Shark Cage Diving in South Africa with the Sharks of Southern Africa
You slip into the shark cage; cool water rushes into your wetsuit, and your senses are on high alert as you peer between the aluminum bars. This is it! The moment you have dreamed of. The opportunity to see a shark in its natural habitat is a dream come true.
You slow down your breathing…suddenly the baitfish scatter and a shadow looms from the deep. The shark’s entry is measured, cautious, befitting an apex predator of such incredible majesty, and wholly contrary to the idea we have of these creatures from popular culture.
Planet Earth is blessed with over five hundred species of shark and South Africa enjoys the lion’s share of these because of the unique conditions created by the confluence of three great oceans. The rich coastal waters of South Africa are one of the best places in the world to observe and interact with marine wildlife. While the great white shark is probably the creature that comes to mind when we think of this species, there are many other sharks as captivating; bronze whaler, seven gill, mako, blue, blacktip, tiger and bull shark can all be found in our waters.
Other charismatic sea creatures are plentiful here too, including inquisitive seals, comedic African penguins, thousand-strong pods of common dolphins, plus South Africa’s most distinguished yearly guests - the magnificent migrating southern right, humpback, and brydes whales.
South Africa’s shark cage diving industry gives guests, without any previous diving experience, a unique and often life-changing underwater adventure with many different shark species over five locations. It is by far the most accessible cage diving in the world with the anchor locations very close to the shoreline.
For most visitors, Seal Island in False Bay is the easiest to access as trips depart daily from the naval village of Simonstown which is only 45-minutes from Cape Town. A historical landmark where the breaching sharks were discovered, Seal Island was where this behaviour was documented by Discovery Channel and led to the now-famous Air Jaws series seen on Shark Week every year. The bronze whaler, seven gill, mako and blue shark are the most regular sightings.
The next location, Gansbaai is where the roots of the South African cage diving industry lie. Just three hours from Cape Town, Gansbaai, also known as the great white shark capital, is where you find the bronze whaler shark. The sightings of the great white shark are sporadic and unpredictable.
Further up the coastline, at the start of the Garden Route, is Mossel Bay. This area offers a good chance of seeing great white shark, with dedicated sunrise breaching trips in the months of June to September and with cage diving all year round.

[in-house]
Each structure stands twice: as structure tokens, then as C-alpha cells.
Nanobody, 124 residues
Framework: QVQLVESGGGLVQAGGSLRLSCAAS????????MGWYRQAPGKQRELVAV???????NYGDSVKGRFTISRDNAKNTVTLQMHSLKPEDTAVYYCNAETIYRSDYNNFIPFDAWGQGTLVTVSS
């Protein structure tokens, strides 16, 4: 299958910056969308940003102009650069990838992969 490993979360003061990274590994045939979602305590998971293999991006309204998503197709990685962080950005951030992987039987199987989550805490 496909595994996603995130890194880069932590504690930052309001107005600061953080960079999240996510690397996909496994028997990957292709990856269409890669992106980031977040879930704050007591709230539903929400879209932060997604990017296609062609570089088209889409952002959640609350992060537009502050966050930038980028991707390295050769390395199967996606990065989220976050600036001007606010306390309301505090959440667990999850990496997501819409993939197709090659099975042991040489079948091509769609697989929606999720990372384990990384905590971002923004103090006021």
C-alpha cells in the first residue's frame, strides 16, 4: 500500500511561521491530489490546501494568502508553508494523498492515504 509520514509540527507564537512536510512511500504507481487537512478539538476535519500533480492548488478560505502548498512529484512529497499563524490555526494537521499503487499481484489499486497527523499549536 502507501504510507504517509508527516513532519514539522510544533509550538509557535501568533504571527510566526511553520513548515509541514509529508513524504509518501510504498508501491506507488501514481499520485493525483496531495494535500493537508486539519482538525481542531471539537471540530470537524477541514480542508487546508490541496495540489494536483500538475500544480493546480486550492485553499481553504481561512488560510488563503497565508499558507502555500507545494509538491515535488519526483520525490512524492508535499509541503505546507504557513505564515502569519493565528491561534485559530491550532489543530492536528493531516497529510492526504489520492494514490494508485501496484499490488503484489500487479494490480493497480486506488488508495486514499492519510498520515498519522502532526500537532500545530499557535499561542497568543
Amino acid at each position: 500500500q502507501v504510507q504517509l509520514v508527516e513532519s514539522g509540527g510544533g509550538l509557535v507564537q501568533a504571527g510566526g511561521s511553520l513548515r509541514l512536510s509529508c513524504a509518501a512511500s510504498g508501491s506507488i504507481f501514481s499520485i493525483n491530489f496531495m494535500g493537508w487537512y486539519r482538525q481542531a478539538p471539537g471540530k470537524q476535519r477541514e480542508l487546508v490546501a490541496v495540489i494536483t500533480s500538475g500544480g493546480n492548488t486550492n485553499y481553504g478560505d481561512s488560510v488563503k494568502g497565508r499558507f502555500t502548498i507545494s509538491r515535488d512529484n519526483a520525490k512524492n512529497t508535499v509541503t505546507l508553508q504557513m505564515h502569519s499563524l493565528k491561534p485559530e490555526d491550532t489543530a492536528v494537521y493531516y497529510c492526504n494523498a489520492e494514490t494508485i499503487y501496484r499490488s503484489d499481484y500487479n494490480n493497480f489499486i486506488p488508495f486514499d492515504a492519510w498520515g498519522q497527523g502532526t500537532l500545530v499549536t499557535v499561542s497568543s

Bird Island off Gqeberha is as wild as it gets. This site offers great white shark breaching and cage diving all in one trip. As the dive site is offshore, the weather conditions need to be perfect with a recommended three-day window period.
Last but by no means least, is the shark cage diving in KwaZulu Natal at Aliwal Shoal, just one hour from Durban. Sightings include black tip and the tiger shark in season.
Concerned about the ethics of shark cage diving?
The cage diving industry is regulated, and operators adhere to a strict code of conduct which includes not feeding the sharks. Interestingly, the time spent at sea, is used to gather data for research. This research is then used by scientists to understand the oceans and their inhabitants instigating sustainable practices to conserve the oceans for future generations. So, when choosing a shark cage diving operator, it is important to ensure their commitment to the conservation of all sharks and marine life. Your choice holds great power and can equal sustainability or demise.
There is no qualification needed to cage dive. The breath-hold technique is common practice including the use of snorkels although select operators offer hookah (an on-board air supply system).
As the vessels return to shore each day, there is more than enough opportunity to explore the striking coastline and scenery of Southern Africa.
- When to go: All year- round.
- How to get there: Depending on the location - fly direct to Cape Town International for the Cape Town and Gansbaai locations. The O R Tambo airport in Johannesburg has flights connecting to Durban, George (Mossel Bay) and Gqeberha (formerly Port Elizabeth)
- Airport transfers: All locations offer airport transfers.
- What to bring: It is advisable to take motion sickness meds before your trip if you are prone to sea sickness.
- Diving mask, face masks. Windbreaker/ weather jacket. Dress in layers, closed shoes, beanie, scarf, hat/cap, polarized sunglasses, bathing costume, sun block, lip-ice, camera, and towel
- What’s included: Guided shark cage diving tour, light meals, and dive gear.
- Duration: Half-day trips.
- What can one do after the shark trip? Most of the shark trips are 4 hours in duration. Thereafter there are often opportunities to join other diving activities including kelp forest, seal, reef, wreck dives as well as many other adventure tours.
The following Shark Diving operators are recommended by Dirty Boots and cover all the major locations for viewing Great Whites in South African waters:
Apex Shark Expeditions in False Bay, Cape Town
Marine Dynamics Shark Tours in Gansbaai, Overberg
Shark Cage Diving KZN, on the South Coast of KZN, near Durban
White Shark Africa in Mossel Bay on the Garden Route
White Shark Projects in Gansbaai, Overberg.